CARACAS (Reuters) - Venezuela’s Supreme Court on Wednesday blocked four newly elected lawmakers from taking office after a legal challenge by the ruling Socialist Party, which was roundly defeated by the opposition coalition in the Dec. 6 congressional election.
The court’s Electoral Chamber approved injunctions against the election victories of three lawmakers linked to the opposition and one from the Socialist Party, while it hears the legal challenge against them. All were elected in the rural state of Amazonas.
The court also agreed to hear legal challenges to the election of another six opposition deputies, but dismissed requests for similar injunctions in those cases, according to information posted on the court’s website.
It did not describe the arguments underlying the legal challenges. A court official contacted by Reuters said no one was available to comment.
As a result, four lawmakers would be blocked from taking office when the new Congress opens on Jan. 5, while the other five would be allowed to do so while the court hears the legal challenge against them.
The opposition’s Democratic Unity coalition won 112 seats out of 167 for a 67 percent majority, driven by discontent over the country’s prolonged economic crisis and dissatisfaction with the government of President Nicolas Maduro.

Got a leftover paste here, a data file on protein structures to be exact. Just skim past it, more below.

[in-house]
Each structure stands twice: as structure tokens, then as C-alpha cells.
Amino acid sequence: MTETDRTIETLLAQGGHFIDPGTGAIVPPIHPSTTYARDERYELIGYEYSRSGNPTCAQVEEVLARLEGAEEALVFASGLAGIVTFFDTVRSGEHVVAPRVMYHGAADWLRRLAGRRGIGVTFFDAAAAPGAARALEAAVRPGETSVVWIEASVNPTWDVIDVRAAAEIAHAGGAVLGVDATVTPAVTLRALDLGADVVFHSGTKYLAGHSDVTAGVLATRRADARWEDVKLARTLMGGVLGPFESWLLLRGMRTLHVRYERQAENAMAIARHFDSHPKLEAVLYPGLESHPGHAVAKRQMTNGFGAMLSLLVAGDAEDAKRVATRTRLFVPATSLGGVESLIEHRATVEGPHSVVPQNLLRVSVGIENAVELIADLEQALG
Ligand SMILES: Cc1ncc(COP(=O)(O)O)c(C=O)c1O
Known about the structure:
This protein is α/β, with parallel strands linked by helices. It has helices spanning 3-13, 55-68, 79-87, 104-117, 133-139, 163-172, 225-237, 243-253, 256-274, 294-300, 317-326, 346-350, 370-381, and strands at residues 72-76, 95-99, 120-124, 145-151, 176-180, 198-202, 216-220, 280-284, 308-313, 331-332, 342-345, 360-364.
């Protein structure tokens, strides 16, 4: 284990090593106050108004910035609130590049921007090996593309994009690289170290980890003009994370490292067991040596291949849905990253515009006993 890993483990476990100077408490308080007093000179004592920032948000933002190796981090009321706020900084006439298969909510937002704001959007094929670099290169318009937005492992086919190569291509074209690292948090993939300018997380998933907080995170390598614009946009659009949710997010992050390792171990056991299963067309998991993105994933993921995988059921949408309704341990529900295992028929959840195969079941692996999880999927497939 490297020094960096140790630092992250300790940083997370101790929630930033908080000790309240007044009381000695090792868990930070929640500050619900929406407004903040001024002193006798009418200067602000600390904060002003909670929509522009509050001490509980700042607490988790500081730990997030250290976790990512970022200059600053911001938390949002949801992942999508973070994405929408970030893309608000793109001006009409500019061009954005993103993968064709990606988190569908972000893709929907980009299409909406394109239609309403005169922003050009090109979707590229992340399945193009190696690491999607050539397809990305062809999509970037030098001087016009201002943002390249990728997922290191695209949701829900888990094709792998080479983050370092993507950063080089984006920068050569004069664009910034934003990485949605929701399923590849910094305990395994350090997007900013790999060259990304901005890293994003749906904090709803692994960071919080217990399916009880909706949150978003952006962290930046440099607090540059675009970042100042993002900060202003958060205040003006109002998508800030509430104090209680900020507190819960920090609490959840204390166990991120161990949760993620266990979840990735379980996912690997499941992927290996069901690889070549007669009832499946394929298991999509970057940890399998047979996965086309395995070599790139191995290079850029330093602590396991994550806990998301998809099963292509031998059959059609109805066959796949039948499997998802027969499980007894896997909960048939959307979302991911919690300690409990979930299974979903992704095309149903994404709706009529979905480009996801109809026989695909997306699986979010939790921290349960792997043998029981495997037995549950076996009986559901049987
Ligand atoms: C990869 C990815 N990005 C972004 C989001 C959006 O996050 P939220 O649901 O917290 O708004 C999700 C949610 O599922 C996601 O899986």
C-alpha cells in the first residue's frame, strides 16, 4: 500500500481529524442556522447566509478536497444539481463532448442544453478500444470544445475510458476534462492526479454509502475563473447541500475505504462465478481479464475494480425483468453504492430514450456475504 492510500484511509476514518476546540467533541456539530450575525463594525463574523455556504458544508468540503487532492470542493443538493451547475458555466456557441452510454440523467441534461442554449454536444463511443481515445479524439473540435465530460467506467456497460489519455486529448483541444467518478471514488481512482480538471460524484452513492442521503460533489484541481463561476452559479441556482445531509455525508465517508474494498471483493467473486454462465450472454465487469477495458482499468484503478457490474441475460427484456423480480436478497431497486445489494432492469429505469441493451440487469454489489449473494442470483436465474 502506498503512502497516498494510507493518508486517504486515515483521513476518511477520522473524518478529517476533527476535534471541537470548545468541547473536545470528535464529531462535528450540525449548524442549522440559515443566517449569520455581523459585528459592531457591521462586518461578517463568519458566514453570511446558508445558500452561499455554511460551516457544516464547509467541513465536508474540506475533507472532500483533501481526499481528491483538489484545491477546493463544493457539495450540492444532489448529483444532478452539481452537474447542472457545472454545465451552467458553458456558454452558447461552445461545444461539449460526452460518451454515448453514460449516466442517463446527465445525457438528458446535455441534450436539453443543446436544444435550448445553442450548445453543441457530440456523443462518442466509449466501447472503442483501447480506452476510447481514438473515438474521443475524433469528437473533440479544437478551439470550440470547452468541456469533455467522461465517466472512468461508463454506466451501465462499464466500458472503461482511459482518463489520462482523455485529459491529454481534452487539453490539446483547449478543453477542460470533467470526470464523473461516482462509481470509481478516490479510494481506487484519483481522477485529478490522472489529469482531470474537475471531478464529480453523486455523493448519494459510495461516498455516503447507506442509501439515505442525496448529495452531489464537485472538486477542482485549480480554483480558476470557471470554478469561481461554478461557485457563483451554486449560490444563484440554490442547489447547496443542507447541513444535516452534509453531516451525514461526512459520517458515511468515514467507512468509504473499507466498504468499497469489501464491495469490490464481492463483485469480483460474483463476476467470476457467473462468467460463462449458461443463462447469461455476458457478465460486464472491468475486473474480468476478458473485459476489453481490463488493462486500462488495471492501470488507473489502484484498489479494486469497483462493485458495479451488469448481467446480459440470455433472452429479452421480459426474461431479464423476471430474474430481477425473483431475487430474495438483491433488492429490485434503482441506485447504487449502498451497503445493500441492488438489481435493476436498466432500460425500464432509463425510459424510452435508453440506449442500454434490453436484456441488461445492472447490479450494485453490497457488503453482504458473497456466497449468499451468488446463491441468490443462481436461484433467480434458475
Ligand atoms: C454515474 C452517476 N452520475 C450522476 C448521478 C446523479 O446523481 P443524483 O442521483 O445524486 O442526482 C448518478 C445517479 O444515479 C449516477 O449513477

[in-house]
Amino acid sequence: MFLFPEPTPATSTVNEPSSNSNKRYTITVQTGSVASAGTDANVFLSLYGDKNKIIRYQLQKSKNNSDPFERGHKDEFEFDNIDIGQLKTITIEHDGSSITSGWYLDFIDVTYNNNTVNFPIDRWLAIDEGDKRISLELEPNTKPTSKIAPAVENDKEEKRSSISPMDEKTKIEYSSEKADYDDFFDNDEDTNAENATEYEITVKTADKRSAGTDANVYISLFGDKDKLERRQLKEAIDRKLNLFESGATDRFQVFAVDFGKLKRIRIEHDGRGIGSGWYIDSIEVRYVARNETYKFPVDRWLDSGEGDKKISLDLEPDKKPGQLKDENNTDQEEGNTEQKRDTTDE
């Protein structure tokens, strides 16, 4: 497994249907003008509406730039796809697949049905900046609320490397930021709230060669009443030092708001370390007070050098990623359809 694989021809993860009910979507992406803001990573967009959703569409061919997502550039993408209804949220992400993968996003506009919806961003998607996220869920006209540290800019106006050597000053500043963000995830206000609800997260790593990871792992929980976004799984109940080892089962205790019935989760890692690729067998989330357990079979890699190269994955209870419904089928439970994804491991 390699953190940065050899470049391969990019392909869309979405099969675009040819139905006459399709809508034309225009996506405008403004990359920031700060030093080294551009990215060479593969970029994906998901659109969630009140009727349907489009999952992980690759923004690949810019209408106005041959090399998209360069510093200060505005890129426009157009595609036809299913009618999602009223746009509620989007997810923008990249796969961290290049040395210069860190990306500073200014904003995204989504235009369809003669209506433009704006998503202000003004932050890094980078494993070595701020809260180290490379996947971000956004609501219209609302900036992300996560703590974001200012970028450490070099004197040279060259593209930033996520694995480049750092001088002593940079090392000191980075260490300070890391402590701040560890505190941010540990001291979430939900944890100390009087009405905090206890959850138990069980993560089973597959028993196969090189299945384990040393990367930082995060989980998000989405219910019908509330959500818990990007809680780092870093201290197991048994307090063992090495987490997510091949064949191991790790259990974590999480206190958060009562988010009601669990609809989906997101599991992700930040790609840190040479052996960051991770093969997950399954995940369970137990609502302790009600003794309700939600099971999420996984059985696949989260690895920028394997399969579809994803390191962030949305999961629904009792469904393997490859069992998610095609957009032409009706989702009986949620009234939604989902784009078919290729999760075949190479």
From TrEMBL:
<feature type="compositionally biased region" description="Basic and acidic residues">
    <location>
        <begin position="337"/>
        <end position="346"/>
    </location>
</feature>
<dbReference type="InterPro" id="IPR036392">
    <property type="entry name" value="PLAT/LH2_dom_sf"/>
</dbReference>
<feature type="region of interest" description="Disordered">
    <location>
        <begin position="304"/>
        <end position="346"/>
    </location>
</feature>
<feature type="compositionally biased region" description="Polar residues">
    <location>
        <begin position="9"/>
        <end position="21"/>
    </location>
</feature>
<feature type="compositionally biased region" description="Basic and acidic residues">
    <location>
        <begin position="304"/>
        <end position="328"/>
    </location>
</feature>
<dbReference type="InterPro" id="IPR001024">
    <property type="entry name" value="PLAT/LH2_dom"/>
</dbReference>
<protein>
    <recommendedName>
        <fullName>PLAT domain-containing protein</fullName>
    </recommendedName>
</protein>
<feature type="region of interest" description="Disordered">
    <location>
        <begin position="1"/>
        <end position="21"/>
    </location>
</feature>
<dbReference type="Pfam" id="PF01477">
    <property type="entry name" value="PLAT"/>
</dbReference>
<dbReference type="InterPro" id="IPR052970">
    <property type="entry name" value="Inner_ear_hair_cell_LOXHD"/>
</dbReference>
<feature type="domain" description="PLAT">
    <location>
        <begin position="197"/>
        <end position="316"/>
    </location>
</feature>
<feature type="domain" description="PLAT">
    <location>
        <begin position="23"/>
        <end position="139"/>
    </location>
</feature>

A two-thirds majority gives the opposition expanded powers including the capacity to fire Maduro’s cabinet ministers.
It was not immediately evident what effect Wednesday’s court decision would have on the opposition’s majority.
The opposition is accusing the government of seeking to chip away at its majority through legal challenges to the vote results and last-minute designations of Supreme Court justices.
The lame-duck Congress, in which the Socialist Party has a majority, this month named 13 Supreme Court justices in what the opposition called a last-minute court-packing scheme.
The opposition coalition said on Wednesday it would recuse the five justices of the Electoral Chamber. It noted that one of those justices was still listed by the National Assembly’s website as a Socialist Party deputy.
Reporting by Brian Ellsworth and Eyanir Chinea; Editing by Leslie Adler, Toni Reinhold